Not surprisingly, Posner is dismissive of the Skidelskys' book. He thinks it is a very English way of seeing the world, from a people who not so long ago couldn't even manage central heating (really). His evidence is the poor maintenance of Hertford College, Oxford, in the early 1980s, when he ate in hall there - seemingly ignoring the eight hundred years of wealth evident in the fabulous architecture, vast libraries and museums and labs all around him. Central heating apparently trumps all.
Americans would not go for more leisure, he says, because unless you lie in a hammock, leisure is expensive.
This is just remarkably wrong. The main leisure activity in America is watching tv, for four or five hours a day, not yachting or going to Per Se. The basic channels are free to air, cable would still cost half a day's work on average wages a month, and services like Netflix are making things cheaper. You can play Angry Birds all day or free, or get the full version for the princely sum of a dollar. Leisure services like Facebook or Flickr are free. In fact, the Internet is a roaring whirlpool sucking things towards free.
And what would we do with our newfound leisure? Most people would quickly get bored without the resources for varied and exciting leisure activities like foreign travel, movies and television, casinos, restaurants, watching sporting events, engaging in challenging athletic activities, playing video games, eating out, dieting, having cosmetic surgery, and improving health and longevity. But with everyone working just 20 hours a week (on the way down to 15 in 2030), few of these opportunities would materialize, because people who worked so little would be unable to afford them. Nor could leisure-activity services be staffed adequately.
Many leisure activities rely on public goods, of course, like parks or playing fields. But the entire budget of the National Park service last year was $2.6 billion, a rounding error in an overall budget.
And leisure is more than just consumption, in any case. It is spending time with loved ones, or the local voluntary organizations which commentators back to Toqueville have seen as the essential strength of America.
That is before we think about productivity. If it rises 3% a year, living standards double in about 23 years. So people would indeed be able to afford current services from half the paid hours, if productivity flows through to wages. And many leisure activities are falling in price.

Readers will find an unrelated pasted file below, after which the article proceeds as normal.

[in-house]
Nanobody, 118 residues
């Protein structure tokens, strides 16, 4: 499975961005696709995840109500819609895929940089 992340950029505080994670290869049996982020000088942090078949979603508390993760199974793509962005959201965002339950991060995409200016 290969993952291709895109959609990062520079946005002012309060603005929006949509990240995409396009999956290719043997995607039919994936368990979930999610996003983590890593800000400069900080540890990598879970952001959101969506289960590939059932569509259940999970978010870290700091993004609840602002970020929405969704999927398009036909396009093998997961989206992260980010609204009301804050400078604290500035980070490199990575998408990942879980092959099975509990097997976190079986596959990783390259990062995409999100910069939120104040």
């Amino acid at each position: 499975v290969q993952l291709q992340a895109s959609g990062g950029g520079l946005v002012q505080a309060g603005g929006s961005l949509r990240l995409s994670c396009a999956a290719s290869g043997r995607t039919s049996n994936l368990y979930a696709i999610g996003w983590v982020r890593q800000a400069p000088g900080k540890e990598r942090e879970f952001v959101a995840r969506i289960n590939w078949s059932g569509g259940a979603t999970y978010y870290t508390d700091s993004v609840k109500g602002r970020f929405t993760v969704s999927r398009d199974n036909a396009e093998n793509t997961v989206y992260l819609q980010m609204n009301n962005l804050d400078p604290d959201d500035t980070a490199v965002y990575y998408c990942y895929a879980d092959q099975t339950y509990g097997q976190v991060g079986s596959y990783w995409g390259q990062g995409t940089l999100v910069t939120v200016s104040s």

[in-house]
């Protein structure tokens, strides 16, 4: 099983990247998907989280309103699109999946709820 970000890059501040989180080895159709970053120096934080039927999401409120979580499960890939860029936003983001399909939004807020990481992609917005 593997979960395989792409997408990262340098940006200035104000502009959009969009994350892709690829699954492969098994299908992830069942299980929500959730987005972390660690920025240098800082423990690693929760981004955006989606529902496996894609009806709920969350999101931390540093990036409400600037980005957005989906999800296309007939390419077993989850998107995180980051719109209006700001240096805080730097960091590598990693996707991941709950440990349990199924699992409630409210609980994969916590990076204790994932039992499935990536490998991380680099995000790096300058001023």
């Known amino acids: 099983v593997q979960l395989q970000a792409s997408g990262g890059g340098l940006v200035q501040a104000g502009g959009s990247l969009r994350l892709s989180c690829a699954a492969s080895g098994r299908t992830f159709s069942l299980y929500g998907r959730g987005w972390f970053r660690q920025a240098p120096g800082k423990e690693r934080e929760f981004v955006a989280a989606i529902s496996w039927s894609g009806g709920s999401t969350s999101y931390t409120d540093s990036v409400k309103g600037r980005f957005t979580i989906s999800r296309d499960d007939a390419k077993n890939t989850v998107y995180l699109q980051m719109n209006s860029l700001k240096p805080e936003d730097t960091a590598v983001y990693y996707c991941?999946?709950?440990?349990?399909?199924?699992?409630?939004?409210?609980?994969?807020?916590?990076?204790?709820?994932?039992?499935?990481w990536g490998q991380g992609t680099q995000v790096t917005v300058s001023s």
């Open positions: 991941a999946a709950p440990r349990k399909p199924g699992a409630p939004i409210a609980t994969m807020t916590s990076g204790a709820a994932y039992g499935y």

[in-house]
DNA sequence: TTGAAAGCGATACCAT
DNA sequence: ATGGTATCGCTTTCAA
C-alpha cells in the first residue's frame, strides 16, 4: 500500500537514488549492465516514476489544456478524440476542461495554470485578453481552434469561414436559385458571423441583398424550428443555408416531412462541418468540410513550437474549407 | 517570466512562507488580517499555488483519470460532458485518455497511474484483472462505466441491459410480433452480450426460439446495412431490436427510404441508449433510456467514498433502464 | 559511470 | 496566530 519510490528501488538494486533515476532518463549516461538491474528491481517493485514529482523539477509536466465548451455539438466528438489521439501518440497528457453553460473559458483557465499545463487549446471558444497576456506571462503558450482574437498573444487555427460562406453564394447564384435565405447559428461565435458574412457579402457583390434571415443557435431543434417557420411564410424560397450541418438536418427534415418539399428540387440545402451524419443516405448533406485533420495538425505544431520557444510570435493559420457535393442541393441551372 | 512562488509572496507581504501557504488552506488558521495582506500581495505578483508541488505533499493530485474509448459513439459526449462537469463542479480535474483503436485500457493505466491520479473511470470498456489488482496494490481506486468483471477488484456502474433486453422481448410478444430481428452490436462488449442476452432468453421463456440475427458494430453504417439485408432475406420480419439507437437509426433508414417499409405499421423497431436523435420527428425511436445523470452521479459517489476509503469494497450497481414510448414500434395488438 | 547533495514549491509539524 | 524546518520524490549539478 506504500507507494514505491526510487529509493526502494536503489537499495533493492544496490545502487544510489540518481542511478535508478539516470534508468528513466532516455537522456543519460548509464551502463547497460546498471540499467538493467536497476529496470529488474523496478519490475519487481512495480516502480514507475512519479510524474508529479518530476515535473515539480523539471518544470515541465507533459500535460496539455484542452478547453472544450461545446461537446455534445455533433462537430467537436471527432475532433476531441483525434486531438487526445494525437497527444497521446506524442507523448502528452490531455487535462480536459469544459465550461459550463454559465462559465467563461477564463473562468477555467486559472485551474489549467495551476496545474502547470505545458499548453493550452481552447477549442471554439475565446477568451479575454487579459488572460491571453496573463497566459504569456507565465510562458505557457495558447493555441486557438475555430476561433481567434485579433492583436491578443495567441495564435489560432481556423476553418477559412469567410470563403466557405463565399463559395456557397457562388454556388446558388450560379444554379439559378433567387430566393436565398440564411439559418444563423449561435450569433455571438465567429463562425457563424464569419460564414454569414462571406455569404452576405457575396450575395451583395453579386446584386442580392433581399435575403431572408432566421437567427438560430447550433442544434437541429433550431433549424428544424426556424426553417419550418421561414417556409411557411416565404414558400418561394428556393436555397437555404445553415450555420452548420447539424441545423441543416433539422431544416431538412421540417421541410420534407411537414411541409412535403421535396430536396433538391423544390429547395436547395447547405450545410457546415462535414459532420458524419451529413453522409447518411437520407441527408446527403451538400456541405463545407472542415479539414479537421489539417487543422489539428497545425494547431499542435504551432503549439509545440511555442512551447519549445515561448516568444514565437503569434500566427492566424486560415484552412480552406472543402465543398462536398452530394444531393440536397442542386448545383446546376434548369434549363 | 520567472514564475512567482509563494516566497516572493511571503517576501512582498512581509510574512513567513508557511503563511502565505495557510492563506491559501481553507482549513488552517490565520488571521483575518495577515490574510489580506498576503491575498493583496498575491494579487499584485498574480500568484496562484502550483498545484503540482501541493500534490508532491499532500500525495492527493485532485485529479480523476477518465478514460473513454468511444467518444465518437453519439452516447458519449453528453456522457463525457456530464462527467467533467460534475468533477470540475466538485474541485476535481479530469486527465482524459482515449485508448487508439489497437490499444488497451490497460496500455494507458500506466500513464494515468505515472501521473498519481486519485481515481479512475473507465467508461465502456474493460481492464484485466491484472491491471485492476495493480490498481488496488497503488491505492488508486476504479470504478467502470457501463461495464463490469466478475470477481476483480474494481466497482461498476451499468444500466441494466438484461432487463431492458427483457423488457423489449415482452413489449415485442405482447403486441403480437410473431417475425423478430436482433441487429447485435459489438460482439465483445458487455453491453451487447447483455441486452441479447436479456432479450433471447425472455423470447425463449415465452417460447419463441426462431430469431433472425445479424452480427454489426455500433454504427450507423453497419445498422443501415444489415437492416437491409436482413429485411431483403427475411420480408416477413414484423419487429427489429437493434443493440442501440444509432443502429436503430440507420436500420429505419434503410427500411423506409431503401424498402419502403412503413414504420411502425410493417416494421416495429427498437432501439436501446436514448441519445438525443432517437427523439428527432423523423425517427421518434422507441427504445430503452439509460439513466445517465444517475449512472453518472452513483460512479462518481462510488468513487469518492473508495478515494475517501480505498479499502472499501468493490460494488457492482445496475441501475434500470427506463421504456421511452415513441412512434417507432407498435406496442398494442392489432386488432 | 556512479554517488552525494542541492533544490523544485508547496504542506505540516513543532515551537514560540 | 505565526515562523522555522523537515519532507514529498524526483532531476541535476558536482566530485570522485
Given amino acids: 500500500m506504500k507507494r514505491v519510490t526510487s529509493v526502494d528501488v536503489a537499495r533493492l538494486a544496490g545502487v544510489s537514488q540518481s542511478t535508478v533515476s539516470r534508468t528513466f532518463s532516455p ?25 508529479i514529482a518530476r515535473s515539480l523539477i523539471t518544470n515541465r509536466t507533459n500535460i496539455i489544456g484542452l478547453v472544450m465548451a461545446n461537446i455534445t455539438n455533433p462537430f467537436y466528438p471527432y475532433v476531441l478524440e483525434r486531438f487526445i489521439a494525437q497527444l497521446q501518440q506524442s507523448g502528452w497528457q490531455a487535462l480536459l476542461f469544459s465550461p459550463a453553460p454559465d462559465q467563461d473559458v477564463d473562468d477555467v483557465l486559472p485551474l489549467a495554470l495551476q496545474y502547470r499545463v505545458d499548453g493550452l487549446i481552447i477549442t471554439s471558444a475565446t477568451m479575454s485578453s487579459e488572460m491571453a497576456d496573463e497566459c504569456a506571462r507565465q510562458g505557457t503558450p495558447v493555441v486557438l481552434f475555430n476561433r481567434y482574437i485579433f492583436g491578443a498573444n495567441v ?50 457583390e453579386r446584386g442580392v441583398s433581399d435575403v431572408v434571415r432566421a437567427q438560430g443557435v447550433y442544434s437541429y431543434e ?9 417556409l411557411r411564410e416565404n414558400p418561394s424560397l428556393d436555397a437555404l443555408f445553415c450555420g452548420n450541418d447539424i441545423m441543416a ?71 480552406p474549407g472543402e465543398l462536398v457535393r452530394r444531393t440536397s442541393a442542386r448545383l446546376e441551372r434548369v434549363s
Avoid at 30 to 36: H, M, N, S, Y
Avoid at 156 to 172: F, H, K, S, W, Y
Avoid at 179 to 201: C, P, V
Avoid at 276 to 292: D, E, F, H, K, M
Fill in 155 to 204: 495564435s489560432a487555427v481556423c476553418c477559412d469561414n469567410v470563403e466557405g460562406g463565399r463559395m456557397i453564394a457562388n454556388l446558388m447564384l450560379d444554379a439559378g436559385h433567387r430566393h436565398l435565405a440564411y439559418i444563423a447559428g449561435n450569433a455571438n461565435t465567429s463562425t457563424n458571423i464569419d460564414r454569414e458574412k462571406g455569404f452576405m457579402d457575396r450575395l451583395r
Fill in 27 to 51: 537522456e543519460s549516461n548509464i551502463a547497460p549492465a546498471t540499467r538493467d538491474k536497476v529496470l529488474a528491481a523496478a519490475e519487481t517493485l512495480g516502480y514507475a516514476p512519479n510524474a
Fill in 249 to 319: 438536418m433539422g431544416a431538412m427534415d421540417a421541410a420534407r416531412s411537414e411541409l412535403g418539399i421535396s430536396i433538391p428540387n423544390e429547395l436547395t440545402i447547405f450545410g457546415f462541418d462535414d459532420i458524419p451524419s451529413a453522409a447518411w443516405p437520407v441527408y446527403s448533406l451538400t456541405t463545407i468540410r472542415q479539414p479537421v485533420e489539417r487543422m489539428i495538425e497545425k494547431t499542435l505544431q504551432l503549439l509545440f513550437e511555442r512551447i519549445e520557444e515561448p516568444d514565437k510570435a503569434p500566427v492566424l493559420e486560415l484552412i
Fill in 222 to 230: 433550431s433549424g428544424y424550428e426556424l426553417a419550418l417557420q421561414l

Posner evades entirely the Skidelsky's methodological criticisms of mainstream economics, and so begs the question. Economics is built on the marshy ground of utility. The foundations are cracking.
Posner does inadvertently put his finger on something important in his concluding remark:
That points to the void around purpose in the culture, which I keep coming back to. That is indeed the problem. You might equally ask if you work twice as long for double the pay, what is it for? You pay much more in tax, of course. You might buy a bigger house, but the price would likely have been bid up proportionately by other people working longer hours, so the net gain is minimal.
If you ask someone to work half as long for half the pay, you should have better answers to his question: What shall I do with my new leisure?
We still have a veneration for work in the culture, of course, because it is a displacement or substitute for exercise of the virtues - excellence, judgment, responsibility, discipline, the whole notion of "earning" something. Posner actually leaches off those older associations.
It is just sad if we run society so people are stuck in cubicles because they can't think of anything better to do to pass the time. It is a life suitable for a battery chicken.
What would people do if they spent less time in the office or shop floor? Without working to pay for expensive products ... Nothing, he says.
It represents a deeply impoverished and inadequate conception of the good life. He simply can't imagine anything better to do. Just think. Raising a family Is in the "brawl, steal, overeat" category, because it's not a consumer good. So is meeting friends. Or jogging in the park.
If they lacked consumer products and services to fill up their time they would brawl, steal, overeat, drink and sleep late.
That is not to say that for many or most people, leisure would be spent sculpting marble or writing symphonies, as he rightly questions. But how to lead a good life is the central issue. Answering that, by default, with working forty hours a week at Payless Shoes for $10 an hour or ninety hours a week reading legal briefs on derivatives documentation to buy Bollinger or cocaine is not self-evidently good.
Posner simply fails to come to terms with how productivity potentially alters choices. The review has a sanctimonious sneering tone. But it is a little nervous.